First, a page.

Wednesday, June 26, 2019
Home Health Thousands of fracture patients require an NHS check for fake metal plates...

Thousands of fracture patients require an NHS check for fake metal plates that have been disrupted in the hospital

Thousands of NHS patients whose fractures were repaired with a metal plate have to check their X-ray images after a hospital change. Some patients received implants that may buckle.

Around 5,500 patients who have had limb fracture plates installed since February 2018 are now under review, said NHS Improvement and the British Orthopedic Association.

Checks are required after seven incidents with a single trust repairing long fractures such as the forearm, upper arm (humerus), tibia (tibia) or thigh (femur) with the wrong plate.

In one case, one patient fell and the plate collapsed, which meant that another operation was required. In another case, one more patient had to undergo surgery after his plate failed in postoperative physiotherapy.

NHS Improvement states that the recent changes in the designs of some reconstruction panels have resulted in two panels, reconstitution panels and dynamic compression panels, now being similar in appearance.

Additionally the affected patients had been treated by more than one surgeon, suggesting it could have happened elsewhere, although the risk to patients is low.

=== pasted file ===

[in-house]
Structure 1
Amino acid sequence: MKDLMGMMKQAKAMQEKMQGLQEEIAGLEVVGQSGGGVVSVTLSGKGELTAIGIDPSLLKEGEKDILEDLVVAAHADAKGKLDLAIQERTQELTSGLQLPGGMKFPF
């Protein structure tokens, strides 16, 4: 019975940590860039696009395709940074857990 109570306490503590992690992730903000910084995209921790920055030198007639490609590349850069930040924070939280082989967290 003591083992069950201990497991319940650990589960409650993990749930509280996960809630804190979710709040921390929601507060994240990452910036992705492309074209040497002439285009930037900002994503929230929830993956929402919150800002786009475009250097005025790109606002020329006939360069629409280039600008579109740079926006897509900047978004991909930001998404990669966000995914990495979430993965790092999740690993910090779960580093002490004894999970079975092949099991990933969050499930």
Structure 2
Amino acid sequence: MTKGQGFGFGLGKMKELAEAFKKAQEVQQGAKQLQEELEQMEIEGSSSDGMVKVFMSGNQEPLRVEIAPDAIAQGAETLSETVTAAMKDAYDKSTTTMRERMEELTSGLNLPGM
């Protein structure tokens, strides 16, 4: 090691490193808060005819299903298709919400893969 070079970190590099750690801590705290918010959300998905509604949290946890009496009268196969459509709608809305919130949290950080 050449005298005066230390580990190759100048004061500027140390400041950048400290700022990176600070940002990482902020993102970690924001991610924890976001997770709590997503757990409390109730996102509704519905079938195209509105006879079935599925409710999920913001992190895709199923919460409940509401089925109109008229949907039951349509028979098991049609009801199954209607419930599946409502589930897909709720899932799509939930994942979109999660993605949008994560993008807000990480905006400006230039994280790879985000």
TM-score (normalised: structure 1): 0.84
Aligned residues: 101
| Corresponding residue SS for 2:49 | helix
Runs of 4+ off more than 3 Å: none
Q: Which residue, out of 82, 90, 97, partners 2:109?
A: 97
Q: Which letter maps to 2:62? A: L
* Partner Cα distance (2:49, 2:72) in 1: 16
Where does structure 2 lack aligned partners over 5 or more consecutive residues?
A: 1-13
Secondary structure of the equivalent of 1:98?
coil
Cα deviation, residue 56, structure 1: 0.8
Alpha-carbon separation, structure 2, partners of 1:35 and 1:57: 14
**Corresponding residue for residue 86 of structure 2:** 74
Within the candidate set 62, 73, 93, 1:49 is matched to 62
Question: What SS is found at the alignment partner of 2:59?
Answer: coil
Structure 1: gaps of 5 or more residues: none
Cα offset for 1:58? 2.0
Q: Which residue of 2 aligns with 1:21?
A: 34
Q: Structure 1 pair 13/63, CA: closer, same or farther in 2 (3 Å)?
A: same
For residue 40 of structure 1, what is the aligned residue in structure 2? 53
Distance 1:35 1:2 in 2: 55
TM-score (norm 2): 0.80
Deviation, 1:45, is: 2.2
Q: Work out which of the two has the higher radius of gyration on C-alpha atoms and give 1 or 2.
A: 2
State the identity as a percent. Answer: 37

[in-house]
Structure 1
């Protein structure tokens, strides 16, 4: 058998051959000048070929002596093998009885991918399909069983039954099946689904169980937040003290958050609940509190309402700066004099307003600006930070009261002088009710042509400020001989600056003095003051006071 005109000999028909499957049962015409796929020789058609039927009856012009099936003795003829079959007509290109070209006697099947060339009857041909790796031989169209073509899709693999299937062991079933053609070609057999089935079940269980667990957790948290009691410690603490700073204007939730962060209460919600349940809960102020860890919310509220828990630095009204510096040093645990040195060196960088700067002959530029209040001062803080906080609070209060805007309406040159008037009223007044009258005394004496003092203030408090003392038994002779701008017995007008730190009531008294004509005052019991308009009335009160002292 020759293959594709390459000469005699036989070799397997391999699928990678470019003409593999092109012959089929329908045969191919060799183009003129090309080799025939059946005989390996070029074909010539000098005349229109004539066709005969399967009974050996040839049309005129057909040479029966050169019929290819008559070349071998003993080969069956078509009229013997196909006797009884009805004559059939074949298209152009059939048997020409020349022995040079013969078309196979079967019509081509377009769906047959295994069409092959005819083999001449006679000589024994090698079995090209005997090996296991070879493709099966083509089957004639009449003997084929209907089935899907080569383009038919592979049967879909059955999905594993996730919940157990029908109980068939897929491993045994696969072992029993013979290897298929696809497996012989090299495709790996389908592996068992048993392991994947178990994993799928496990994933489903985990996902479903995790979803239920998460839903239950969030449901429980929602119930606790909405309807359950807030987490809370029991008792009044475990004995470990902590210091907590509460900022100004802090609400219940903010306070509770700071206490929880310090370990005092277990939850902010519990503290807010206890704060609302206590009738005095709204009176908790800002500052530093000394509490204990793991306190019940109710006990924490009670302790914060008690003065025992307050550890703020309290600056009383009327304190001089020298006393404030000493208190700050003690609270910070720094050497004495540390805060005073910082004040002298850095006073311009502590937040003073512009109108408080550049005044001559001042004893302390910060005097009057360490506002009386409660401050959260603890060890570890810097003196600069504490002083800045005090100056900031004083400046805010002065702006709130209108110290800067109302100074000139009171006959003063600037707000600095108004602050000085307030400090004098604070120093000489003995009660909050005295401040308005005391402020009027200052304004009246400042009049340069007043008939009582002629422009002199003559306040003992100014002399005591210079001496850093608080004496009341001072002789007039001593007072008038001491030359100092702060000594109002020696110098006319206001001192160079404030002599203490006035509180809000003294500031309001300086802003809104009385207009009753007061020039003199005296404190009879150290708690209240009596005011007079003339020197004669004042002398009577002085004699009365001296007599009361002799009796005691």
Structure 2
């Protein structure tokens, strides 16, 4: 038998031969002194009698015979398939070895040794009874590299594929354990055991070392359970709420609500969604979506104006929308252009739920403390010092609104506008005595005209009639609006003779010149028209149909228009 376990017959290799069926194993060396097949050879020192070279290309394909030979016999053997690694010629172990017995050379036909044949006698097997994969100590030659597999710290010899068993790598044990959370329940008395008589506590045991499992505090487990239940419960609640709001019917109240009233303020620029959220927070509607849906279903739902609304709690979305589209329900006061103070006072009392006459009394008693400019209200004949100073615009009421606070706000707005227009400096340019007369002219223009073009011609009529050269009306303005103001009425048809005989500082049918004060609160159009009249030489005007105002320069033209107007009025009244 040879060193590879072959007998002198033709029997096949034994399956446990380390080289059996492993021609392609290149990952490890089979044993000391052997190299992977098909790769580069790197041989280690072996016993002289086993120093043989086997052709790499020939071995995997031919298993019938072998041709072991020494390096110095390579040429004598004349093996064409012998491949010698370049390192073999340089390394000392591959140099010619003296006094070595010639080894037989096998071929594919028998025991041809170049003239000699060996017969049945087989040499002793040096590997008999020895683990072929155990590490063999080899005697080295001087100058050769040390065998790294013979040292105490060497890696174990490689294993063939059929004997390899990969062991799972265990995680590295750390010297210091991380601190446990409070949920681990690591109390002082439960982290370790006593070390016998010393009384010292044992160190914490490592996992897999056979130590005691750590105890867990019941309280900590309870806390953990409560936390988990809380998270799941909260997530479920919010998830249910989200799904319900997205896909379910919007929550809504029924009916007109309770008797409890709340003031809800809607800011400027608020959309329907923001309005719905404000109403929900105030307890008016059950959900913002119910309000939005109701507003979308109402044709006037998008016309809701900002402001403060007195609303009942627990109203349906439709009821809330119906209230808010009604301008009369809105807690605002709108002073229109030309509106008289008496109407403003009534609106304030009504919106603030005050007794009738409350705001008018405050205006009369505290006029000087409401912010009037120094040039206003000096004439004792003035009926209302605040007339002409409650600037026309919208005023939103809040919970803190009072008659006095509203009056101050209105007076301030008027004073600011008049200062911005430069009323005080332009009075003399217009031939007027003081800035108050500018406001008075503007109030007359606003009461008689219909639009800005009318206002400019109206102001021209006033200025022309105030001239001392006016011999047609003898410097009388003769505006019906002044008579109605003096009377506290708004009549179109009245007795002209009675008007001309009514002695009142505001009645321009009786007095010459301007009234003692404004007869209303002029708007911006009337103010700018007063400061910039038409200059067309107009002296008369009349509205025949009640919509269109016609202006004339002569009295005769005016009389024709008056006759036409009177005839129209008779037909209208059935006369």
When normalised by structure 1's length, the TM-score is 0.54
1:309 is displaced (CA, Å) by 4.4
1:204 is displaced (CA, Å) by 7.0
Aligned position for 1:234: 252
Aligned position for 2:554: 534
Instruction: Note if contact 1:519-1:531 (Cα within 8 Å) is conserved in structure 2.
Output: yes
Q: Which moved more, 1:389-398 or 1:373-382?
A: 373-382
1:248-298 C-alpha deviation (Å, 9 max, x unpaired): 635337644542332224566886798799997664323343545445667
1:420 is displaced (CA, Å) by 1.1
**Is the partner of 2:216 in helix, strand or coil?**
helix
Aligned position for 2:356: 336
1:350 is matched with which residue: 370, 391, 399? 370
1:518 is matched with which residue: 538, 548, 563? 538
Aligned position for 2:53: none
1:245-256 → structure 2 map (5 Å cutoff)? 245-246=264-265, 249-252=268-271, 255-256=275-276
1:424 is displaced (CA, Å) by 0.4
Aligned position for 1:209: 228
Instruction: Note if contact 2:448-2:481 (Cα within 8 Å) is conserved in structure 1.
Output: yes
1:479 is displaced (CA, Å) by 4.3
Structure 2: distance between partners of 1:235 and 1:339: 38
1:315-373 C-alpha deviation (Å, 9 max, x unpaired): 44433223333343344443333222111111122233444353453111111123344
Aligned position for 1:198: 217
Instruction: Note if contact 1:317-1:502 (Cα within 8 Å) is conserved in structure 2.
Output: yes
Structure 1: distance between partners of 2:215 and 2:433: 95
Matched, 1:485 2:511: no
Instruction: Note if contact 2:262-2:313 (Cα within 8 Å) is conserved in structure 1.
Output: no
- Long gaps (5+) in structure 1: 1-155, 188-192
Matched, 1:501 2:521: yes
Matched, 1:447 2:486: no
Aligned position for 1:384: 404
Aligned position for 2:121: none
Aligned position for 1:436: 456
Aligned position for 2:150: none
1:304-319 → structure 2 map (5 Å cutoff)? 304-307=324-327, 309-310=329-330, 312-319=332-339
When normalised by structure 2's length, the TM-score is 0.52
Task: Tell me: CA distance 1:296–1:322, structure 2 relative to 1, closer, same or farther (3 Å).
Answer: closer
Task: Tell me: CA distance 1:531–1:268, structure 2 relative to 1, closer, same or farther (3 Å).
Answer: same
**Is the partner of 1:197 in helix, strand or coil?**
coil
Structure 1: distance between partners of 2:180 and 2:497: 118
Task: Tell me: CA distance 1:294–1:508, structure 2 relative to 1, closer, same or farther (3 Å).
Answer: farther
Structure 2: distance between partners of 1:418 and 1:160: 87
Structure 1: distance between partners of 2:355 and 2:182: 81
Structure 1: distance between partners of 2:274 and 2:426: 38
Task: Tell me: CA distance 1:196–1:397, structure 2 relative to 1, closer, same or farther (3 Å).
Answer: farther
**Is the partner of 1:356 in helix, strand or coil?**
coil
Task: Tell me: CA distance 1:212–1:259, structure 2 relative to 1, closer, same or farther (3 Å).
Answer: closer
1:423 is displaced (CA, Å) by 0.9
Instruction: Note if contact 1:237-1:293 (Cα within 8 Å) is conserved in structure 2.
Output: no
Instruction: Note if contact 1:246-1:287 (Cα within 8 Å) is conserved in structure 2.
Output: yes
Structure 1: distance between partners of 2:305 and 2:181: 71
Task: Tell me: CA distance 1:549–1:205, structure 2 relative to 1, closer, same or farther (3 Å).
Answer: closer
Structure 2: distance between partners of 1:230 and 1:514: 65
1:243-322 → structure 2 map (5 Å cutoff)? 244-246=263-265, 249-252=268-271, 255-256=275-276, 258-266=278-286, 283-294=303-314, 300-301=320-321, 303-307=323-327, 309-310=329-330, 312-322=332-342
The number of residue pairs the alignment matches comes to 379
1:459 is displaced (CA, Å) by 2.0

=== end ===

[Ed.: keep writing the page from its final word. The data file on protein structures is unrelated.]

"We are asking all hospitals in England who provide orthopaedic surgery to review X-rays for their patients who have had surgery involving plates in the past year," NHS Improvement national director for patient safety Dr Aidan Fowler said.

"Patients should not be alarmed and do not need to take any action themselves.

"The risk of harm is low and their local hospital will contact them if there is a chance that they have been affected."

It is estimated that 30 to 40 patients at each trust in England could have had a plate fitted – which could amount to more than 5,500 patients needing a review, NHS Improvement said.

Dynamic compression plates, which are used for some fractures, are stronger and more rigid than reconstruction plates. The latter are more flexible as they may need to be reshaped for use in more complex surgery.

Fractures can take up to a year to heal but people treated more than a year ago are unlikely to pose further problems.

Additional reporting by PA

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